If you need an added incentive, consider how diversity can play a role in generating more business — companies with diverse management have 19 percent higher revenues as a result of increased creativity. You’ve likely already sunk some major capital into getting your dream business off the ground, and adding a diverse staff is one more way to help it thrive.

2. Review Your Hiring Strategies

While it’s important to be specific about what you’re looking for in a candidate, rigid requirements could inadvertently shut out diverse candidates from unique backgrounds. Be flexible with your educational requirements to account for work experience, and don’t take a gap in work as a red flag. Instead, ask candidates what life experience they developed in that time — you might find they have a lot to bring to the table.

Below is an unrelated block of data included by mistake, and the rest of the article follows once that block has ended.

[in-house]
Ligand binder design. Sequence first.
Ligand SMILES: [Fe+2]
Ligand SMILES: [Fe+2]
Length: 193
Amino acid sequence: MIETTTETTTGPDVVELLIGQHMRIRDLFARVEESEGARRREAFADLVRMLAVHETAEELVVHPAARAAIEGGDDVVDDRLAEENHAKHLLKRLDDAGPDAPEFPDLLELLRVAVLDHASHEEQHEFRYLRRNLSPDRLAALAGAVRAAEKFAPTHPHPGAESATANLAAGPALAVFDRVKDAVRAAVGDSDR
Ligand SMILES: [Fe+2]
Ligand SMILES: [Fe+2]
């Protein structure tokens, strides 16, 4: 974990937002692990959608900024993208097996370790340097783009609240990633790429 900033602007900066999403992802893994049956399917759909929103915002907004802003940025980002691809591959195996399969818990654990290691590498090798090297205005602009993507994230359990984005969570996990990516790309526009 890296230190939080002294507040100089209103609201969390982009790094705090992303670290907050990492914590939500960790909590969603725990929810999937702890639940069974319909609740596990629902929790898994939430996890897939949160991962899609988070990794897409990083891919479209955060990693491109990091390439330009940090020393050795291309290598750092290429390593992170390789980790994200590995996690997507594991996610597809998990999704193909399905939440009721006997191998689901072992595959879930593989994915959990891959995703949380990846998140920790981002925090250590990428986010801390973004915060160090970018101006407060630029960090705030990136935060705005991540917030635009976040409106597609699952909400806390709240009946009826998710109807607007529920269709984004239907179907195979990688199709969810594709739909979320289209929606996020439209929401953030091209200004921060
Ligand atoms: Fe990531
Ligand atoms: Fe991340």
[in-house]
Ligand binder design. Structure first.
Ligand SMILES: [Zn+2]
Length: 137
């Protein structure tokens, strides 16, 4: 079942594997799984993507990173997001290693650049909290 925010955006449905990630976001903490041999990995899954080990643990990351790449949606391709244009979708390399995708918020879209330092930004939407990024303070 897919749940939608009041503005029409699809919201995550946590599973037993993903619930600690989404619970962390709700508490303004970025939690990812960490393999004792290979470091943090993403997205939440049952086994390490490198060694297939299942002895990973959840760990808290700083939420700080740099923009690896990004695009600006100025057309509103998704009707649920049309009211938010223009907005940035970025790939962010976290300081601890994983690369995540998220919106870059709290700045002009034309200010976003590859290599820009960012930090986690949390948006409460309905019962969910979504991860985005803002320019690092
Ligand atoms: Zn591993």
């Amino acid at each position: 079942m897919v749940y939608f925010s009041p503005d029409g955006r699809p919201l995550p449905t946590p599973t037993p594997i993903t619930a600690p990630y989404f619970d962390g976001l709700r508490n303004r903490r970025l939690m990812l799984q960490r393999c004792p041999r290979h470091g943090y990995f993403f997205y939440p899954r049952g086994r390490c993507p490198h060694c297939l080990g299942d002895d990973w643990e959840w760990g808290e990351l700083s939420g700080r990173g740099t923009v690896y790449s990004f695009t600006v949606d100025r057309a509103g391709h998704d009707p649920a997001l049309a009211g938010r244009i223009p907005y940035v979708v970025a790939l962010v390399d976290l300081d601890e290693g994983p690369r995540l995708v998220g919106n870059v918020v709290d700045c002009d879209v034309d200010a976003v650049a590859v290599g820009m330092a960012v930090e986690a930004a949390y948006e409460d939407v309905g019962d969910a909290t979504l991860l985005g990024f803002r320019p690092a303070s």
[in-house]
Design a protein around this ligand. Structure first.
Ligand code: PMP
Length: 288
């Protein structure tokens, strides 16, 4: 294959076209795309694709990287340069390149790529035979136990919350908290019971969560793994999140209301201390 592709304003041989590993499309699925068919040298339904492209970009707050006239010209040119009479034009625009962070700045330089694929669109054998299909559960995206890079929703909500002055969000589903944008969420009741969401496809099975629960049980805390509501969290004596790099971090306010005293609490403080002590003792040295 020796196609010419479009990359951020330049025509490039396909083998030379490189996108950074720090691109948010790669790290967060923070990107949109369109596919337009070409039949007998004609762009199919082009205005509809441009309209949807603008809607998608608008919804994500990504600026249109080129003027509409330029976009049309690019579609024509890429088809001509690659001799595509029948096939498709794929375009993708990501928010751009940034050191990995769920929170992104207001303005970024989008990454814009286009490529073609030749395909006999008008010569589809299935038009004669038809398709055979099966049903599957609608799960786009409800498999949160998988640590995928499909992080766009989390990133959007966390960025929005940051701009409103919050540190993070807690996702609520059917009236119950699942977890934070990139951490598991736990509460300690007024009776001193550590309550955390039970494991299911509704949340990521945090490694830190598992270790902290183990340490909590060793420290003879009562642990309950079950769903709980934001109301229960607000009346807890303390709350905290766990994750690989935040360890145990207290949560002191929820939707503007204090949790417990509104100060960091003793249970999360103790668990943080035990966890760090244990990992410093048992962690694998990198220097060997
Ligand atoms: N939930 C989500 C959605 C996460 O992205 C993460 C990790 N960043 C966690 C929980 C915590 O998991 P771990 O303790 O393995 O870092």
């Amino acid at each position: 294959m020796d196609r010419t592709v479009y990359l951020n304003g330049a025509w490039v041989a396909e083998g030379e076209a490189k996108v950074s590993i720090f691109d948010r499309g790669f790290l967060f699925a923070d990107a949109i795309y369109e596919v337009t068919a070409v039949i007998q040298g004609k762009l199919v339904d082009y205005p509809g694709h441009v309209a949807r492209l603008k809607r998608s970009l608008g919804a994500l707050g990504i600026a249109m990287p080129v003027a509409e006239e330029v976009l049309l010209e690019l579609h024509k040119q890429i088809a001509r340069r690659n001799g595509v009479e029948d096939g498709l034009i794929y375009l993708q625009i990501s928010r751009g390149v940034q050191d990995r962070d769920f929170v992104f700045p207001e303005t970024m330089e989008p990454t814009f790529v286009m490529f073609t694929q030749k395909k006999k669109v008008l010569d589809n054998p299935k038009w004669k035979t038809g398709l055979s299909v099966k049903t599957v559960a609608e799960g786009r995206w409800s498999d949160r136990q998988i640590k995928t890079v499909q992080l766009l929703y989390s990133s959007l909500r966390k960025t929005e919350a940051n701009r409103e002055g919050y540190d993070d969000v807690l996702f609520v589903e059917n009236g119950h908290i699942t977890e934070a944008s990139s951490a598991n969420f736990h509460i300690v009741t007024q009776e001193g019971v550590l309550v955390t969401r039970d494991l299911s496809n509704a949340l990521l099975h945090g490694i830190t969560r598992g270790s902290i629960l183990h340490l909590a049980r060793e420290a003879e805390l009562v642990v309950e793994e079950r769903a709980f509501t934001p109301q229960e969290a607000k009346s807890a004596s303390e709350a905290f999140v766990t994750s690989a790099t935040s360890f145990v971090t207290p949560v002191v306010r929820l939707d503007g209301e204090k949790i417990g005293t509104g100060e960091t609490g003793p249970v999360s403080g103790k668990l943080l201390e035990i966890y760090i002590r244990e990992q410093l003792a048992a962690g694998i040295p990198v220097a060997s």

Be careful with your job posting and interview process as well. Consider stating explicitly that all candidates should apply, even if they don’t match your listed criteria specifically. You may also want to remove or block out names when reviewing resumes. Not knowing personal details about the candidate means you can look at each objectively and remove any unintended bias.

And don’t forget to post your listing outside of the standard job boards. Reaching out to diverse trade groups, schools, or recruiters can help make your approach more targeted.

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3. Add Remote Positions (If Possible)